XML Data Integration with Identification hospital
hospital patient SSN name { for $b in $a/regions[europe[item[self :: ∗[not(quantity)]  self :: ∗[quantity][location]]]] return < regions > {for $cin$b/europe[item[self :: ∗[not(quantity)] self :: ∗[quantity][location]]]return < europe > { for $d in $c/(child :: ∗[self : item[not(quantity)]], child :: ∗[self :: item[quantity][location]]) return if ($d[self :: item[not(quantity)]]) then $d else if ($d[self :: item[quantity][location]]) then < item > { for $e in $d/location return $e } < /item > else 1} } < /europe > } < /regions > } < /site > Fig. 2. XQuery representation for Q2
and Q1 . For eﬃciency and security reasons, one might wish to send the composed query Q3 ◦ Q2 ◦ Q1 to the source, instead of evaluating the queries within the application or middleware. Following the “XQuerytranslation approach” to subtree queries outlined above, one would compose by translating each Qi to an XQuery expression, use XQuery’s composition operator to obtain the composed query, and evaluate with a generalpurpose XQuery engine. But now the fact that this composition is actually another subtree query is completely buried. What we require, then, is a composition algorithm that works directly on the XPath surface syntax of these subtree queries, generating a new subtree query within the same language. The resulting queries could be evaluated either via a specialpurpose evaluator, or via translation to XQuery. In this work, we deal with composition algorithms for subtree queries based on fragments of XPath 1.0 [6]. We show that for natural fragments of XPath, the resulting subtree query languages are closed under composition, and present the associated composition algorithms. In [2] we present experimental evidence that these composition algorithms provide beneﬁts both when the composed queries are evaluated with a specialpurpose subtree query engine, and also when they are translated to XQuery and evaluated with an oﬀtheshelf XQuery processor. Unlike for XQuery, composition algorithms for subtree queries are nontrivial – indeed we will show that for some choices of the XPath fragment, the corresponding subtree query language is not closed under composition at all. This is because our subtree query languages have no explicit composition operator; furthermore, since the XPath fragments we deal with are variablefree, the standard method of composition by means of variable introduction and projection is not available1 . Our algorithms make heavy use of both the subtree 1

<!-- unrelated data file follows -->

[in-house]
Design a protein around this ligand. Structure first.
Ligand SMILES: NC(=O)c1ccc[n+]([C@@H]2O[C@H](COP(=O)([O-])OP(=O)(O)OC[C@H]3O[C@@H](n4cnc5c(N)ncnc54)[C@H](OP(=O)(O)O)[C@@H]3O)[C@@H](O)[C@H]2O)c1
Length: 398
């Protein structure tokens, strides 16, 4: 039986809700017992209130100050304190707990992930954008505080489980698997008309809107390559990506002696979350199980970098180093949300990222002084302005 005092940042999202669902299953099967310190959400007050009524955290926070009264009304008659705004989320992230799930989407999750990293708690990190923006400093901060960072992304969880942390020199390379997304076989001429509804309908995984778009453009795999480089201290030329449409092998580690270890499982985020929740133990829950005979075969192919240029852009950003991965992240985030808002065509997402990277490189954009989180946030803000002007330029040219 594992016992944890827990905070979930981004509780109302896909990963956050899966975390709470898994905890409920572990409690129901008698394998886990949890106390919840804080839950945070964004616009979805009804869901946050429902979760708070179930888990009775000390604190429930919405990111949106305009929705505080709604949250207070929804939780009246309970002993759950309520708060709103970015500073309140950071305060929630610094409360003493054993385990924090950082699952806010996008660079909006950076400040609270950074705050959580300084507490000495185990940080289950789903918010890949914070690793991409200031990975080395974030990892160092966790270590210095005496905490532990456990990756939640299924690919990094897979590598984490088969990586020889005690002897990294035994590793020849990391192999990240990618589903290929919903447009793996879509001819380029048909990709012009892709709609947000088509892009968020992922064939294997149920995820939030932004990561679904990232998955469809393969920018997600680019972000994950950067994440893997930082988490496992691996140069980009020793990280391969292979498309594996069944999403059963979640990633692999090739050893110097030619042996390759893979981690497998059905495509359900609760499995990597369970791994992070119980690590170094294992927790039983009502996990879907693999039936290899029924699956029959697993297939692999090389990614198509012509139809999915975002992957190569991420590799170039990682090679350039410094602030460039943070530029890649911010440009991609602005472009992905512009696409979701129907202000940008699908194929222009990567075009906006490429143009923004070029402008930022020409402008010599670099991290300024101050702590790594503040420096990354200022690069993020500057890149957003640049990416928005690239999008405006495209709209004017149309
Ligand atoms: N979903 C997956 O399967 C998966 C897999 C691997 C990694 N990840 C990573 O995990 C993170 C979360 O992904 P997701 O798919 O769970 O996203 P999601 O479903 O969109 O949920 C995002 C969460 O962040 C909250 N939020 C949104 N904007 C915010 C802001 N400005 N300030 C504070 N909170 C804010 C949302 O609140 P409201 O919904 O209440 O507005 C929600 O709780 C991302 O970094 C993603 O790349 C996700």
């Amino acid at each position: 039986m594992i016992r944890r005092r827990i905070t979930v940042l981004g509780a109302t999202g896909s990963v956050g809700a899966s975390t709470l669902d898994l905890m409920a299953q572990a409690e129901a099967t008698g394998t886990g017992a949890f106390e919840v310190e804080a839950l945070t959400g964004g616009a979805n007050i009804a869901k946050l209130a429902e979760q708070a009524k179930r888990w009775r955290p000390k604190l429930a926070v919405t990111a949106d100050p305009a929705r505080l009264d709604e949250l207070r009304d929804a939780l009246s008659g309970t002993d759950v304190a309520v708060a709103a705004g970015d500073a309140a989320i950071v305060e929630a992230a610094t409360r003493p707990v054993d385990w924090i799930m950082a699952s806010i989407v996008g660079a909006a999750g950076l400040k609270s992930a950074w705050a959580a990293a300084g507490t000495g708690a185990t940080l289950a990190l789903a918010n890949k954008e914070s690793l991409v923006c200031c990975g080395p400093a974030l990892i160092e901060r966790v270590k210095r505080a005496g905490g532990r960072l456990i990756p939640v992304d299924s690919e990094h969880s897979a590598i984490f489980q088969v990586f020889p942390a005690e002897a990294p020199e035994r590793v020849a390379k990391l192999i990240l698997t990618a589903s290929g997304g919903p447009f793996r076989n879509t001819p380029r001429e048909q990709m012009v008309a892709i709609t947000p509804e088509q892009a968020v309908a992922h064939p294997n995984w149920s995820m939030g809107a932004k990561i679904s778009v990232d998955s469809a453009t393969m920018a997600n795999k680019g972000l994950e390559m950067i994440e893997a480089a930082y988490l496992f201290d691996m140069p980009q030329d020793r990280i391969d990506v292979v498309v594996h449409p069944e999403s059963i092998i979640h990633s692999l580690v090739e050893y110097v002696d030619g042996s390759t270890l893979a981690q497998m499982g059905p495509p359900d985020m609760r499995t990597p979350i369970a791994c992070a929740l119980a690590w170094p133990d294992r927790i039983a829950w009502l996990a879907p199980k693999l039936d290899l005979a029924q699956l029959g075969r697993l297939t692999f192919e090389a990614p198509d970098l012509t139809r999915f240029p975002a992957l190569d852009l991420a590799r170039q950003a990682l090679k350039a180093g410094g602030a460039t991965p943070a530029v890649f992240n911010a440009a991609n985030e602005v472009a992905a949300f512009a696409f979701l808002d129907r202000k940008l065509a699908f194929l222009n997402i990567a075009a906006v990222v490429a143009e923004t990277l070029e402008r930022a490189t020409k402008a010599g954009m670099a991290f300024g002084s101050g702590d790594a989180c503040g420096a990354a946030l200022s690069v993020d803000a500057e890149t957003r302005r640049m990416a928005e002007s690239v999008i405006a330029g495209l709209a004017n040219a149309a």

Note that we do not deal with the compositionality of XPath location paths on the same document, but of the corresponding subtree queries.